The trends of bilocality – in which an individual will spend part of the year in a rural area, and the other in an urban area – presents a unique and increasingly common manifestation of the circular migrant. In this paper, we explore the dynamics of bilocal migrants in Indonesia from a Central Java city and examine migrant points of origin in terms of their characteristics, mobility patterns, and remittance uses. Data were collected from 105 sample cases among those classified as migrants distributed across the study area. We apply the Flocktracker software for our study, which is a mobile-based application that combines online questionnaires and provides associated locational attributes. Most of the bilocal migrants continue to migrate as a strategy to address the lack of income in rural areas. Migrants not only circulate between two destinations from their rural origins to one city, but also increasingly gravitate to other cities as a multiple destination strategy depending on networks and employment availability. A key finding of this study is that overall, although migration to urban areas supports rural household incomes, it contributes in limited ways to the commonly anticipated rural development outcomes. This suggests that policy interventions are mistaking job creation and remittances as a proxy for rural development, whereas policy priorities should be looking beyond job creation to identify other ways to support development in rural areas.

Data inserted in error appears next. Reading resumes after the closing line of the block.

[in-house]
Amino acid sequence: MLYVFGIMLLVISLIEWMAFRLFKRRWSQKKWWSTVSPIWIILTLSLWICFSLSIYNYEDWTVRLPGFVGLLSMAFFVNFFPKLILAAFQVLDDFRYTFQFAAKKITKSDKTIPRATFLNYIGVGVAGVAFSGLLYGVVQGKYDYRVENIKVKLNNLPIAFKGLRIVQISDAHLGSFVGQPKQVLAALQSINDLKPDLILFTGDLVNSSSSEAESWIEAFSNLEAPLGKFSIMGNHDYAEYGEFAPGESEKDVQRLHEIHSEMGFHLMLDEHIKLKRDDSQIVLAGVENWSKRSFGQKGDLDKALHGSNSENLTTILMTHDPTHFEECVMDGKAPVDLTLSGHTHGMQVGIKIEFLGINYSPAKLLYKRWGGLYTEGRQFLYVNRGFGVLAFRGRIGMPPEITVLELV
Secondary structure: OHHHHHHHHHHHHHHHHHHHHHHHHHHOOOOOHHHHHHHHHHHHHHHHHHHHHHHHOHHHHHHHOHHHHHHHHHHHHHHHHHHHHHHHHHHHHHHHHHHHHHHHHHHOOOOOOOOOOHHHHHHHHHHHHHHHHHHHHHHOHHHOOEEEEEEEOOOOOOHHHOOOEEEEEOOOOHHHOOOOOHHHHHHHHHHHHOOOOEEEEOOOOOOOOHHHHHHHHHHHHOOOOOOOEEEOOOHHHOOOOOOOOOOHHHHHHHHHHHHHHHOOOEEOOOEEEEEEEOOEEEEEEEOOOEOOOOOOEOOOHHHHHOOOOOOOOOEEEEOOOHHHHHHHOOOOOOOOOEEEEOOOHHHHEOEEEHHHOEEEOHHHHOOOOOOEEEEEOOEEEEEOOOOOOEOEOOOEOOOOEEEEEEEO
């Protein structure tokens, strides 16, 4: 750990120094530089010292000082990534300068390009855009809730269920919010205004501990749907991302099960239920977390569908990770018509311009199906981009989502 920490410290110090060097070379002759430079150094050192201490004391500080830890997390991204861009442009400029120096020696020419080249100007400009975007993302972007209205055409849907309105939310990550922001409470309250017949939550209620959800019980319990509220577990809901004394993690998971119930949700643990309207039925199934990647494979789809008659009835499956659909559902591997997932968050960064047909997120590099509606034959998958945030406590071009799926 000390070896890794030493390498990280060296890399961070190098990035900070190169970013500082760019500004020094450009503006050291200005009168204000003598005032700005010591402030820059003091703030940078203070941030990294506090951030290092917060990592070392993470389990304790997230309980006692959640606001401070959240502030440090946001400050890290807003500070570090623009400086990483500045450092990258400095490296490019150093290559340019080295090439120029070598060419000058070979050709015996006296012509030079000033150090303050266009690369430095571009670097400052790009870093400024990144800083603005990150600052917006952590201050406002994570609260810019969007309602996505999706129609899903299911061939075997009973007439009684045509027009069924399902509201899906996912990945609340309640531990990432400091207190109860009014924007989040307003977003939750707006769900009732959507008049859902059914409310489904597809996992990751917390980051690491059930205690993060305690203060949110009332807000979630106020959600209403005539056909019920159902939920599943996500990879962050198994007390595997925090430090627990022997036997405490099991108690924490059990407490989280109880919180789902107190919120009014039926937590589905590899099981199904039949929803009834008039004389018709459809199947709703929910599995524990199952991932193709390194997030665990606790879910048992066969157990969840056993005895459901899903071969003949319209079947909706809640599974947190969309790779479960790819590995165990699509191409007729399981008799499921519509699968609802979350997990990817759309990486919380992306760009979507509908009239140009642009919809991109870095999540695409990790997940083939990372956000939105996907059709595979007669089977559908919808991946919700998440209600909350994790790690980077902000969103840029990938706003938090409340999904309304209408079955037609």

... Several studies have underlined the intensity and rapidity of the decline in the economic role of agriculture in farming households with limited access to land and irrigation water in Thailand. Gödecke and Waibel (2011), Nilsen (2014), Rigg et al. (2012) and Rigg et al. (2019) investigated agrarian changes in villages in the Northern and Northeast Regions, where farming is mostly rainfed and where the average farm (between 1.9 and 2.3 ha in these studies) is smaller than the national average. ...
... Second, young people are moving out of the villages. Gödecke and Waibel (2011) and Nilsen (2014) identified a wide gap in the age pyramid at village level, as most people aged between 20 and 40 had moved to cities to find work. Third, household members increasingly find opportunities to work in factories and still come home every day (Rigg et al., 2008;. ...